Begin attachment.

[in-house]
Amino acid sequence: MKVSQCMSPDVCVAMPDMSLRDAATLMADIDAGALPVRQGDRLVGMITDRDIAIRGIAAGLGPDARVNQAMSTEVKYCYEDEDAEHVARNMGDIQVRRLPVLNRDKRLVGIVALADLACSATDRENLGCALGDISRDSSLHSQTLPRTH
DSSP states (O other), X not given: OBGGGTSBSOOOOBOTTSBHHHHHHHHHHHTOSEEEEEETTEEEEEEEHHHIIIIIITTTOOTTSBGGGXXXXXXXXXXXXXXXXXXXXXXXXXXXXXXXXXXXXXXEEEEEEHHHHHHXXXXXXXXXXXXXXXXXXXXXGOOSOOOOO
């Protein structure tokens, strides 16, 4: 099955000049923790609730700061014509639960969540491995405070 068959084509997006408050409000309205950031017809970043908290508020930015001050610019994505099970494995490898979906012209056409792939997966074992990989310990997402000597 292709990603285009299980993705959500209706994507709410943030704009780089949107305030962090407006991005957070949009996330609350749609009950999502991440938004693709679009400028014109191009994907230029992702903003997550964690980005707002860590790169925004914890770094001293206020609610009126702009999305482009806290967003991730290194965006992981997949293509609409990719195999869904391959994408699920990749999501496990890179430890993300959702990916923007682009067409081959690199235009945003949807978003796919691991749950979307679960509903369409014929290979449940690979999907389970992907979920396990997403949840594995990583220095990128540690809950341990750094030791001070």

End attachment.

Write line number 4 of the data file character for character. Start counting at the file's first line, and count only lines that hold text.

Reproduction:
């Protein structure tokens, strides 16, 4: 099955000049923790609730700061014509639960969540491995405070 068959084509997006408050409000309205950031017809970043908290508020930015001050610019994505099970494995490898979906012209056409792939997966074992990989310990997402000597 292709990603285009299980993705959500209706994507709410943030704009780089949107305030962090407006991005957070949009996330609350749609009950999502991440938004693709679009400028014109191009994907230029992702903003997550964690980005707002860590790169925004914890770094001293206020609610009126702009999305482009806290967003991730290194965006992981997949293509609409990719195999869904391959994408699920990749999501496990890179430890993300959702990916923007682009067409081959690199235009945003949807978003796919691991749950979307679960509903369409014929290979449940690979999907389970992907979920396990997403949840594995990583220095990128540690809950341990750094030791001070």